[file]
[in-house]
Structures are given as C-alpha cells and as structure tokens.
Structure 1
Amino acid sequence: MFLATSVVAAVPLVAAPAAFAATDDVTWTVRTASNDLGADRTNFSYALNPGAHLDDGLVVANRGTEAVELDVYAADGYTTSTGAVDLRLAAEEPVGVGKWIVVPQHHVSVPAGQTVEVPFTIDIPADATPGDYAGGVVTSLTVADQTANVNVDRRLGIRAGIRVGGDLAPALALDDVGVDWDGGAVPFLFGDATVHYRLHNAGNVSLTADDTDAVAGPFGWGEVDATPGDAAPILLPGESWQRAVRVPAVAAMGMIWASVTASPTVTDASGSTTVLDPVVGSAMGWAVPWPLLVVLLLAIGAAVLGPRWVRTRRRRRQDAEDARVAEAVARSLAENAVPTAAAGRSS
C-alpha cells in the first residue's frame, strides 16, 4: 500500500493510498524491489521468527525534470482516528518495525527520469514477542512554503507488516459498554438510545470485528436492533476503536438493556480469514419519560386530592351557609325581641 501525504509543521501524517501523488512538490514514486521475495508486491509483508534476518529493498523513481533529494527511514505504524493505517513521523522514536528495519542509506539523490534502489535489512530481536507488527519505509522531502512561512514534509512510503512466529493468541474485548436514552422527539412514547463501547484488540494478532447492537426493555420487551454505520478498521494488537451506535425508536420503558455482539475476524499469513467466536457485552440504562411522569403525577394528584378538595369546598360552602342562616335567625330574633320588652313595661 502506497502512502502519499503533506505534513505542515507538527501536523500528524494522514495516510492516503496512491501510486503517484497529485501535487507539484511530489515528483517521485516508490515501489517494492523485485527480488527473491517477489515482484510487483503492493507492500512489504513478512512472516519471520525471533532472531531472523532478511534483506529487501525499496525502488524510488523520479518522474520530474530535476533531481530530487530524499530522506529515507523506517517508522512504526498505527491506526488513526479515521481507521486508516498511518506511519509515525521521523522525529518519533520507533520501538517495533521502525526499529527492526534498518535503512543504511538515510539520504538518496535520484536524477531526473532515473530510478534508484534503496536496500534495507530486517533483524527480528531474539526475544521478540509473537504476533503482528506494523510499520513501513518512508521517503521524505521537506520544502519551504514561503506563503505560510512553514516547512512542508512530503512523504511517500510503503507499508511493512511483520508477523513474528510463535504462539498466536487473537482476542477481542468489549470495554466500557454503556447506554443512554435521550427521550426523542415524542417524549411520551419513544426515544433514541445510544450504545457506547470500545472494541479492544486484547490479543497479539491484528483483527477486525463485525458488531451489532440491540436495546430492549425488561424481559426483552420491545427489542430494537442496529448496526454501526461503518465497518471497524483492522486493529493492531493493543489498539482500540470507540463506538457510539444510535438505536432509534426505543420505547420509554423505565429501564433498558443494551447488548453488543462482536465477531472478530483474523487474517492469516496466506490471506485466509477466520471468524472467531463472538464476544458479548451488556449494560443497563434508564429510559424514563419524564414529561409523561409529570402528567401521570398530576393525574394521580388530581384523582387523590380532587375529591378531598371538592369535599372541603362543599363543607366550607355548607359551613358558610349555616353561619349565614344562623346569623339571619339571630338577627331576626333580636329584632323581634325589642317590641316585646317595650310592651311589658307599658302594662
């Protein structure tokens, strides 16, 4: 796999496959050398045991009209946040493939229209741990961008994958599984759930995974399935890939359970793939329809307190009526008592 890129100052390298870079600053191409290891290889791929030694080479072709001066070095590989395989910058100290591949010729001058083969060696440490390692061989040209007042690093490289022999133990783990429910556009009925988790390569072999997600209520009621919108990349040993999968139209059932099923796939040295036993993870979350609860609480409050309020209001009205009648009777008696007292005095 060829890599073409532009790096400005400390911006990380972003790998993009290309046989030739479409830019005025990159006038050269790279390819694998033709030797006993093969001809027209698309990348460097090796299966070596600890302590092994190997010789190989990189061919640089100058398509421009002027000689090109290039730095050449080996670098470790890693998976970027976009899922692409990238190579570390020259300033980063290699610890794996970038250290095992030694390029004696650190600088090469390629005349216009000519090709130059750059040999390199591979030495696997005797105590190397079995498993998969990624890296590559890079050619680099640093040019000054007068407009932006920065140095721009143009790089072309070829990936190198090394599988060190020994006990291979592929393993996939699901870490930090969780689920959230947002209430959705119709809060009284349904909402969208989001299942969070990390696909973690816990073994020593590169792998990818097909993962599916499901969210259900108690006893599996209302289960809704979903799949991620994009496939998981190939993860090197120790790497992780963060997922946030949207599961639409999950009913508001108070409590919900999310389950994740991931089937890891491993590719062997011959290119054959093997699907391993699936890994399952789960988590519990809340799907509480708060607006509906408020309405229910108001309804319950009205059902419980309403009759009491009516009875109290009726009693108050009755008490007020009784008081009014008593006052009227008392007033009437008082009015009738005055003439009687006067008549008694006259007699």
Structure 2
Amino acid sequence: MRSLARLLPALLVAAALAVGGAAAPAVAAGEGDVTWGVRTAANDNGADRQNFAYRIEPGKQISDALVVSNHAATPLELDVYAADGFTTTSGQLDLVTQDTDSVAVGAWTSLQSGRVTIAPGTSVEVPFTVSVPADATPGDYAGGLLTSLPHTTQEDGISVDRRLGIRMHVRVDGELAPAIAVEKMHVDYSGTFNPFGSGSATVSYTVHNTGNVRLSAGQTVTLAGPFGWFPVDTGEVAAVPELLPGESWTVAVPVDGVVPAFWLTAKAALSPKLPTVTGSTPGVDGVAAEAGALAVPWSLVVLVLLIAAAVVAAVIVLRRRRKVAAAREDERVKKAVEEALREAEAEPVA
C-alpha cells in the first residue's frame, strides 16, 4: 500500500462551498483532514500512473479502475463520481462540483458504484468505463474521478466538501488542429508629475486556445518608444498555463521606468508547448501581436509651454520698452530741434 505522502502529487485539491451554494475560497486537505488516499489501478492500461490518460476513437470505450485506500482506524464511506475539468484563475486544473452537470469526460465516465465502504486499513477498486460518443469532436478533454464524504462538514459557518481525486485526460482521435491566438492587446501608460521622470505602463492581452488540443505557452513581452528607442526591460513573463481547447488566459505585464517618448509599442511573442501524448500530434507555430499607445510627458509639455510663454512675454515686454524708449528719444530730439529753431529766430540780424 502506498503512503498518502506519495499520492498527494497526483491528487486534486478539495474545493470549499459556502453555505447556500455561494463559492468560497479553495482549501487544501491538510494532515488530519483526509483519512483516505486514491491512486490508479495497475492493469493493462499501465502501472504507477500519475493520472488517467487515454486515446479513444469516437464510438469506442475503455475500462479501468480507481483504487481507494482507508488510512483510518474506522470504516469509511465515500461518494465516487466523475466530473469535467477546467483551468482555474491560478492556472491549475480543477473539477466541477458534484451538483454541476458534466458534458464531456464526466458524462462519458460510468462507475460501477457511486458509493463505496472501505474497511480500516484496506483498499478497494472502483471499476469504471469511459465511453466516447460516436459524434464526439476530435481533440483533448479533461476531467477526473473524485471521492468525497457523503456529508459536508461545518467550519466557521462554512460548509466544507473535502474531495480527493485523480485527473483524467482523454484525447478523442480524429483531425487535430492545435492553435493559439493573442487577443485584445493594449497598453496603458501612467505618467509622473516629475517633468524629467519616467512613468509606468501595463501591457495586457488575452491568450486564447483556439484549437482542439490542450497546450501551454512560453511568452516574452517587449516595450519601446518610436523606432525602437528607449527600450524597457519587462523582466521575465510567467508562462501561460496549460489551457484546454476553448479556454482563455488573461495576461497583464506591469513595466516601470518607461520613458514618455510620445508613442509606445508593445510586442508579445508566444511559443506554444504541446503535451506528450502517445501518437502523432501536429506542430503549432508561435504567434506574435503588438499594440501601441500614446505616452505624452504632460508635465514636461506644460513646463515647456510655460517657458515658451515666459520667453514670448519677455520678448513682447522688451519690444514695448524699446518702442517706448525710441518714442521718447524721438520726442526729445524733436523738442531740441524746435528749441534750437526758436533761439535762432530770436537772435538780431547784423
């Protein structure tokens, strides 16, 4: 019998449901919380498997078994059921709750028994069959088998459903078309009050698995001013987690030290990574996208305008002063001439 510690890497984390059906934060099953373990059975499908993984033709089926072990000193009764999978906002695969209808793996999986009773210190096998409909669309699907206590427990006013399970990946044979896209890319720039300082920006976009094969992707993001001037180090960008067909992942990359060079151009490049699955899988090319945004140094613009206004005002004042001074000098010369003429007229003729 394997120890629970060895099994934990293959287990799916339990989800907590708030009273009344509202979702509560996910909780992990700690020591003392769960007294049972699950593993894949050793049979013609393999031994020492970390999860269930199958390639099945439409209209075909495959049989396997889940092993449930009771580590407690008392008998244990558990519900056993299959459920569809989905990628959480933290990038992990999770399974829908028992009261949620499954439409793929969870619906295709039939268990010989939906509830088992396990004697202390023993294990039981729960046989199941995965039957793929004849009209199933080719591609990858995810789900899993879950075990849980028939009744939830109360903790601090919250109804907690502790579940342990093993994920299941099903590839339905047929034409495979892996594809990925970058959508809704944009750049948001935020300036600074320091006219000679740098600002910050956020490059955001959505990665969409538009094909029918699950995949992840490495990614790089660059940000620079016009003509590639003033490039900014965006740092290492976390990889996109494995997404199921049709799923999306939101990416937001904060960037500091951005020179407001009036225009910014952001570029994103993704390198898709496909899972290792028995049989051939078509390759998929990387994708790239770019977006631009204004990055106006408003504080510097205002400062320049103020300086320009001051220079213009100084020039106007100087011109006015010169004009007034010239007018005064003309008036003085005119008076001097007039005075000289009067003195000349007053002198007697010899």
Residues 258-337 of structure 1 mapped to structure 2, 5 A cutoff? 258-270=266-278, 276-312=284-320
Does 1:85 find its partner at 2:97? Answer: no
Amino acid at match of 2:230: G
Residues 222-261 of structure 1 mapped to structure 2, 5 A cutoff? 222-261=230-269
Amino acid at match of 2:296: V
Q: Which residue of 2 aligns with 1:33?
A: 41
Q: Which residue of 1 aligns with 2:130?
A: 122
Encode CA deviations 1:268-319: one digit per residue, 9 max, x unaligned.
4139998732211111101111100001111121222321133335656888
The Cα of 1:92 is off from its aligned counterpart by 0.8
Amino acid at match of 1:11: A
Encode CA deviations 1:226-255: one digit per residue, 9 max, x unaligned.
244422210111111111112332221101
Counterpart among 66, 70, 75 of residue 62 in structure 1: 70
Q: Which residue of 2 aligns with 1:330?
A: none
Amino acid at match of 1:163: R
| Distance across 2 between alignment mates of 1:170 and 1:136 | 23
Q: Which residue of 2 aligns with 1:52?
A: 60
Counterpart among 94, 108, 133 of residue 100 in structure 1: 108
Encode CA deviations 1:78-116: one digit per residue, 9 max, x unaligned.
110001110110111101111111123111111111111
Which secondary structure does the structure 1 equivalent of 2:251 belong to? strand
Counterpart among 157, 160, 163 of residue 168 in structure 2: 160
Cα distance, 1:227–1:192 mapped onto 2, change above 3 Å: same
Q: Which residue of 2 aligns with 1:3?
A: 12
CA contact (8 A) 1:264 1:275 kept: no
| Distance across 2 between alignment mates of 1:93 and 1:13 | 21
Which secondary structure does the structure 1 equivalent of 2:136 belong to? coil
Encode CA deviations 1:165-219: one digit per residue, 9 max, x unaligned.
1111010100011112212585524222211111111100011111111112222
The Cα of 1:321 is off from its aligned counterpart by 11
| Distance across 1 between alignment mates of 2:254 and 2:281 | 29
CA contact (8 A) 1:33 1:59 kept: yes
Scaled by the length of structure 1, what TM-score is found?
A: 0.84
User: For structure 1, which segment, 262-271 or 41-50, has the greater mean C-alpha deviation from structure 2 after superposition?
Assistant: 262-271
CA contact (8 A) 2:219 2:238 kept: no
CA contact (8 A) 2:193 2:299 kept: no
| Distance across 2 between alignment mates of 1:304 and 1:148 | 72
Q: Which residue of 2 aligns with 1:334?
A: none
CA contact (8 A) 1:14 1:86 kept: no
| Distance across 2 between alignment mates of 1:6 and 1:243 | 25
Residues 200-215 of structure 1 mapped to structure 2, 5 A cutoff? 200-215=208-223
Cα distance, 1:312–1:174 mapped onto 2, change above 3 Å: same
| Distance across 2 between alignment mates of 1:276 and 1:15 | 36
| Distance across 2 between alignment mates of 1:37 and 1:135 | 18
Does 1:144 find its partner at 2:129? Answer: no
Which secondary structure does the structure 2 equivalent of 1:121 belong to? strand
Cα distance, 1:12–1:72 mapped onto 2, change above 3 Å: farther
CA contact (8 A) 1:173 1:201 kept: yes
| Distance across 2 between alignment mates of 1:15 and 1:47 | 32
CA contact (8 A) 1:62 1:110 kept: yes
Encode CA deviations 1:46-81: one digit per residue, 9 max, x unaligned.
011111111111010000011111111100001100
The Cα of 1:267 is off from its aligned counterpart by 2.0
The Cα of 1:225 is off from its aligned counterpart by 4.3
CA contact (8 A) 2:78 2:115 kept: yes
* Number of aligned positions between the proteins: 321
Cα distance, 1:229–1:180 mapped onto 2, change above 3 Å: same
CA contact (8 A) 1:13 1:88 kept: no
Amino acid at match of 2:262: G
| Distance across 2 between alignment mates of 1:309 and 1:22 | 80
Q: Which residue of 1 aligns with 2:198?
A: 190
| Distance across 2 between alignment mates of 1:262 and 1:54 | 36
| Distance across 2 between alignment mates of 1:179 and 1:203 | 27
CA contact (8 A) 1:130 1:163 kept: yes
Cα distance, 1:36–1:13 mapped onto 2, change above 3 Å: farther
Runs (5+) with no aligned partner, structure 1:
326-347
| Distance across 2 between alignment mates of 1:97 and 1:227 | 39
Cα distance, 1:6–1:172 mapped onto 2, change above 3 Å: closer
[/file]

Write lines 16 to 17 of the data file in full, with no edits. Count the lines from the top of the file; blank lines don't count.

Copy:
Q: Which residue of 2 aligns with 1:33?
A: 41